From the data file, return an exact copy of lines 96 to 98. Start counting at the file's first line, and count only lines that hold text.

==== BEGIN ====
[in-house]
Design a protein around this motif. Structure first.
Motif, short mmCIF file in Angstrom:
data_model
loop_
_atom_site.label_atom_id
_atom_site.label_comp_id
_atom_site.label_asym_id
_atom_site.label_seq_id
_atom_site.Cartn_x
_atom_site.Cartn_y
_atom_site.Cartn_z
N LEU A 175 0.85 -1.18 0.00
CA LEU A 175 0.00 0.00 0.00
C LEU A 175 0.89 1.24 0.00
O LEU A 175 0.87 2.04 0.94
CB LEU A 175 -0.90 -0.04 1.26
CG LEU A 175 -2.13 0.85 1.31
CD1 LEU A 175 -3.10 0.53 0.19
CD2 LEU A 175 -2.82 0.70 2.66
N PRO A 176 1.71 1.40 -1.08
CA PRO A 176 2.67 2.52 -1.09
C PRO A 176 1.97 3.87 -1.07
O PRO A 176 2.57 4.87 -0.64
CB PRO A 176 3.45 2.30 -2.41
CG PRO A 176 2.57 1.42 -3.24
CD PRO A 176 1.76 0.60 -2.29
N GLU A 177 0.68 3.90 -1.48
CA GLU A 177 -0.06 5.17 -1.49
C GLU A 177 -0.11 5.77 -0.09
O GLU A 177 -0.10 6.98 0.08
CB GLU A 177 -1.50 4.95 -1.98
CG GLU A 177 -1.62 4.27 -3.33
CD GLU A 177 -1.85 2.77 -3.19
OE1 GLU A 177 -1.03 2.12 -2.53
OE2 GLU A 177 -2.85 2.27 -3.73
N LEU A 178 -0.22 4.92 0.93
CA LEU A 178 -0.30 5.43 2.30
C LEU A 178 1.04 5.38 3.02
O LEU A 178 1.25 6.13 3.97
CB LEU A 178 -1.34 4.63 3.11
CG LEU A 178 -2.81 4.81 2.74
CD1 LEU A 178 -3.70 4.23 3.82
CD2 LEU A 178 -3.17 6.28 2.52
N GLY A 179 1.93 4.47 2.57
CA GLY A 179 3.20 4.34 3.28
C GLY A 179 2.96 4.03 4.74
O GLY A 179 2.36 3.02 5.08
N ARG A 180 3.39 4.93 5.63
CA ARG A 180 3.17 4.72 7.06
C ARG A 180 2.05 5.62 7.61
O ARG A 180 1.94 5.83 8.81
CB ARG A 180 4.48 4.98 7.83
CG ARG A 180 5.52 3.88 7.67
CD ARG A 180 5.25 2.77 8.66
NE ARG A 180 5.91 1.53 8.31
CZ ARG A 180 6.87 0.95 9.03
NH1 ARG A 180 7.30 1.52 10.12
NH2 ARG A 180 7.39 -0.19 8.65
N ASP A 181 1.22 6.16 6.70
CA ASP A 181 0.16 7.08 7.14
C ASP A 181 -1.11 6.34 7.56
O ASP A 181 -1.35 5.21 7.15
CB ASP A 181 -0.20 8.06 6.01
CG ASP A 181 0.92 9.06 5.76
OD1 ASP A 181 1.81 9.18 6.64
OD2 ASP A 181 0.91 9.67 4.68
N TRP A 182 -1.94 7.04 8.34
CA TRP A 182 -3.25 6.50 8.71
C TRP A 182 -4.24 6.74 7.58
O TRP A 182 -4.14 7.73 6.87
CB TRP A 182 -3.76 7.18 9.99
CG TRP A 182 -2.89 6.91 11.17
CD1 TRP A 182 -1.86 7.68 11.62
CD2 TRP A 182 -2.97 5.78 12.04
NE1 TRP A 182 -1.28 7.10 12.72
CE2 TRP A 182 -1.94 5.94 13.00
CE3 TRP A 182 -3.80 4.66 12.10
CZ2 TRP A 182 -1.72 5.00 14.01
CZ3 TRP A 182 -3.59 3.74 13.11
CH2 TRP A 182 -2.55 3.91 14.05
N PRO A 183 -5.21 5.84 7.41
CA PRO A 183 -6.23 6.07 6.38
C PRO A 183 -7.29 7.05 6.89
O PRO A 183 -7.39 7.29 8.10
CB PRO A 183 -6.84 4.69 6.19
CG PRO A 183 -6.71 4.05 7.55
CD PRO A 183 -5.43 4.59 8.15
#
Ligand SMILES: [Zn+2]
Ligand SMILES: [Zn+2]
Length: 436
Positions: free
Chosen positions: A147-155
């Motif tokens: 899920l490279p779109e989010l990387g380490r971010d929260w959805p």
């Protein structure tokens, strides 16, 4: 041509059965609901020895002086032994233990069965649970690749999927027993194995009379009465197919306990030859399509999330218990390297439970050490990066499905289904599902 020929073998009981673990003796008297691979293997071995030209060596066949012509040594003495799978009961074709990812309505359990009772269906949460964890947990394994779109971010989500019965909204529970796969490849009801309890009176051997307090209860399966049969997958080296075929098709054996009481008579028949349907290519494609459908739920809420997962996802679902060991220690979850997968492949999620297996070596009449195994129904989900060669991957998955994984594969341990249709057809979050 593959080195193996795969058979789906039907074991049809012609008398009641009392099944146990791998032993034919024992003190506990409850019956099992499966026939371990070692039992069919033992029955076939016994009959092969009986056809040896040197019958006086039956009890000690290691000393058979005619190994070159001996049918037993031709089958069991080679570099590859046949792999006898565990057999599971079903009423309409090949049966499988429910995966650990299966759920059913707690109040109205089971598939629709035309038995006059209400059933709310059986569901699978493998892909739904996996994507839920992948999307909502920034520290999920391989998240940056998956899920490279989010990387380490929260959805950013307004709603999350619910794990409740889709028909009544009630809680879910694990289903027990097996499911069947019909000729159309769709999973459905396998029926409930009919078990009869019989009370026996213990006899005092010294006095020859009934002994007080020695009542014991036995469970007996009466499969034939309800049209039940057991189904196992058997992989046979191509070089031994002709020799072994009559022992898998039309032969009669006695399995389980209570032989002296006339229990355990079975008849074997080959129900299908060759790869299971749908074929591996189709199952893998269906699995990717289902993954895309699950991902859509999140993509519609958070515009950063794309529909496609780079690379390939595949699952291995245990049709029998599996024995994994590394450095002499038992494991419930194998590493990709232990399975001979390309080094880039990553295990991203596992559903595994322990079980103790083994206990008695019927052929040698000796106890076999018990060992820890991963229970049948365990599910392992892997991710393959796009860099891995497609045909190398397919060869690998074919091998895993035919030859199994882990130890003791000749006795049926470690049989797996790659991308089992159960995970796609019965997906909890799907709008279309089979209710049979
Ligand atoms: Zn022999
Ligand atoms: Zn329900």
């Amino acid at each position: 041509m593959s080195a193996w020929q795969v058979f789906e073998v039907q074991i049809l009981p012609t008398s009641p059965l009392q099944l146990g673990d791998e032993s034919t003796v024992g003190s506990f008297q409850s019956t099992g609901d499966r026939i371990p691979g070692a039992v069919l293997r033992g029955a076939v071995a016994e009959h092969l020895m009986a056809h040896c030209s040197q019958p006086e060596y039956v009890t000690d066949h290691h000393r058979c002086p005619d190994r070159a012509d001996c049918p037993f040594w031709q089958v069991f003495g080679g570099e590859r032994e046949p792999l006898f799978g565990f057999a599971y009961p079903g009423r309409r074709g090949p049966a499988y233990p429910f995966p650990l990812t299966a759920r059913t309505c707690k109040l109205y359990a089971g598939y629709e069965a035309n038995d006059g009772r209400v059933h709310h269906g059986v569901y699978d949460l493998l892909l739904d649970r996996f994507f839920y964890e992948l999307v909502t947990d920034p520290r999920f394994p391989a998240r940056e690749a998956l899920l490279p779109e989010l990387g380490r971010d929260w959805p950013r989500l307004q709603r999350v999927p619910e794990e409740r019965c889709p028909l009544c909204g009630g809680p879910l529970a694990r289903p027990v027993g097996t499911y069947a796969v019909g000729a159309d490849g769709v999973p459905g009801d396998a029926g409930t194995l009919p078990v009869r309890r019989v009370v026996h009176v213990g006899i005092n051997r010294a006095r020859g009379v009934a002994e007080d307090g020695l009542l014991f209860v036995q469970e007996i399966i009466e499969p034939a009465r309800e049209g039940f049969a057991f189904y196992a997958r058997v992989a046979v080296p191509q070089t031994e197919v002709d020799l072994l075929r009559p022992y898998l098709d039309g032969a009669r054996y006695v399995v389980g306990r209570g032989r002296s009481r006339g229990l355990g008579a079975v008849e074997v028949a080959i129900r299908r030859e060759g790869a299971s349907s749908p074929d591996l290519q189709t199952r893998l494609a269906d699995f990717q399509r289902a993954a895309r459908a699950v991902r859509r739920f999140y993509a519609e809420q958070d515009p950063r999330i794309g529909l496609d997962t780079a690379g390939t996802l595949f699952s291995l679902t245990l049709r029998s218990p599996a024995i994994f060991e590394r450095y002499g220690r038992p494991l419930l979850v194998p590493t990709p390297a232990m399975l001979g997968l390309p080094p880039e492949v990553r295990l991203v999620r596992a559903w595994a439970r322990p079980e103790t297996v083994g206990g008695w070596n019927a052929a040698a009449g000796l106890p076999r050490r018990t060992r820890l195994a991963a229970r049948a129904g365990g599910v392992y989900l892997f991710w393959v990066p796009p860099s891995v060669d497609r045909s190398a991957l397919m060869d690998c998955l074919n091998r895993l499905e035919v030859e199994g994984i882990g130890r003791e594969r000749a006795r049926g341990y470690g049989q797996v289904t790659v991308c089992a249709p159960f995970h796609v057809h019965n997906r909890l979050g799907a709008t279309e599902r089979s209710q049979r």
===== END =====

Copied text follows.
């Protein structure tokens, strides 16, 4: 041509059965609901020895002086032994233990069965649970690749999927027993194995009379009465197919306990030859399509999330218990390297439970050490990066499905289904599902 020929073998009981673990003796008297691979293997071995030209060596066949012509040594003495799978009961074709990812309505359990009772269906949460964890947990394994779109971010989500019965909204529970796969490849009801309890009176051997307090209860399966049969997958080296075929098709054996009481008579028949349907290519494609459908739920809420997962996802679902060991220690979850997968492949999620297996070596009449195994129904989900060669991957998955994984594969341990249709057809979050 593959080195193996795969058979789906039907074991049809012609008398009641009392099944146990791998032993034919024992003190506990409850019956099992499966026939371990070692039992069919033992029955076939016994009959092969009986056809040896040197019958006086039956009890000690290691000393058979005619190994070159001996049918037993031709089958069991080679570099590859046949792999006898565990057999599971079903009423309409090949049966499988429910995966650990299966759920059913707690109040109205089971598939629709035309038995006059209400059933709310059986569901699978493998892909739904996996994507839920992948999307909502920034520290999920391989998240940056998956899920490279989010990387380490929260959805950013307004709603999350619910794990409740889709028909009544009630809680879910694990289903027990097996499911069947019909000729159309769709999973459905396998029926409930009919078990009869019989009370026996213990006899005092010294006095020859009934002994007080020695009542014991036995469970007996009466499969034939309800049209039940057991189904196992058997992989046979191509070089031994002709020799072994009559022992898998039309032969009669006695399995389980209570032989002296006339229990355990079975008849074997080959129900299908060759790869299971749908074929591996189709199952893998269906699995990717289902993954895309699950991902859509999140993509519609958070515009950063794309529909496609780079690379390939595949699952291995245990049709029998599996024995994994590394450095002499038992494991419930194998590493990709232990399975001979390309080094880039990553295990991203596992559903595994322990079980103790083994206990008695019927052929040698000796106890076999018990060992820890991963229970049948365990599910392992892997991710393959796009860099891995497609045909190398397919060869690998074919091998895993035919030859199994882990130890003791000749006795049926470690049989797996790659991308089992159960995970796609019965997906909890799907709008279309089979209710049979
Ligand atoms: Zn022999
Ligand atoms: Zn329900």